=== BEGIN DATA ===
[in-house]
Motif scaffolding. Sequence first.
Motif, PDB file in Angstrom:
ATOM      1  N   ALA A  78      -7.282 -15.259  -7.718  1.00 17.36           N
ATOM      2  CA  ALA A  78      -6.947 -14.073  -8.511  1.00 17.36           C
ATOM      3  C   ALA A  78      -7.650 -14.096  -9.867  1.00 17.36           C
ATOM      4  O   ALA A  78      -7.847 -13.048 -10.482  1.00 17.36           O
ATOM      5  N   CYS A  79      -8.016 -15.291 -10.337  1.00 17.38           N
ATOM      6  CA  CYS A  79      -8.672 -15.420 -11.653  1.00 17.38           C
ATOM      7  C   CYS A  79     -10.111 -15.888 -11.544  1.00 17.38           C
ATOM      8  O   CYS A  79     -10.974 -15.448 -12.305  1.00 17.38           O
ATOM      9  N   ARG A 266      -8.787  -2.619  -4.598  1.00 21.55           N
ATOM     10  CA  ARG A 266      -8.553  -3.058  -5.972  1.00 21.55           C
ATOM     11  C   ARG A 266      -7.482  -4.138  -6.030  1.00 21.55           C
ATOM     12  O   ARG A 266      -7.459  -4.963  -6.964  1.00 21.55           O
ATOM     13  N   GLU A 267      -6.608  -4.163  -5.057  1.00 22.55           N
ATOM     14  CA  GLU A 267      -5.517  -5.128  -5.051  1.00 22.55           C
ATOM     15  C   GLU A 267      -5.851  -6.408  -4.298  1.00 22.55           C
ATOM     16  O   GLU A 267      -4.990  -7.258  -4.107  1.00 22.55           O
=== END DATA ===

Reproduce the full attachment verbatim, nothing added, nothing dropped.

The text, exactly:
[in-house]
Motif scaffolding. Sequence first.
Motif, PDB file in Angstrom:
ATOM      1  N   ALA A  78      -7.282 -15.259  -7.718  1.00 17.36           N
ATOM      2  CA  ALA A  78      -6.947 -14.073  -8.511  1.00 17.36           C
ATOM      3  C   ALA A  78      -7.650 -14.096  -9.867  1.00 17.36           C
ATOM      4  O   ALA A  78      -7.847 -13.048 -10.482  1.00 17.36           O
ATOM      5  N   CYS A  79      -8.016 -15.291 -10.337  1.00 17.38           N
ATOM      6  CA  CYS A  79      -8.672 -15.420 -11.653  1.00 17.38           C
ATOM      7  C   CYS A  79     -10.111 -15.888 -11.544  1.00 17.38           C
ATOM      8  O   CYS A  79     -10.974 -15.448 -12.305  1.00 17.38           O
ATOM      9  N   ARG A 266      -8.787  -2.619  -4.598  1.00 21.55           N
ATOM     10  CA  ARG A 266      -8.553  -3.058  -5.972  1.00 21.55           C
ATOM     11  C   ARG A 266      -7.482  -4.138  -6.030  1.00 21.55           C
ATOM     12  O   ARG A 266      -7.459  -4.963  -6.964  1.00 21.55           O
ATOM     13  N   GLU A 267      -6.608  -4.163  -5.057  1.00 22.55           N
ATOM     14  CA  GLU A 267      -5.517  -5.128  -5.051  1.00 22.55           C
ATOM     15  C   GLU A 267      -5.851  -6.408  -4.298  1.00 22.55           C
ATOM     16  O   GLU A 267      -4.990  -7.258  -4.107  1.00 22.55           O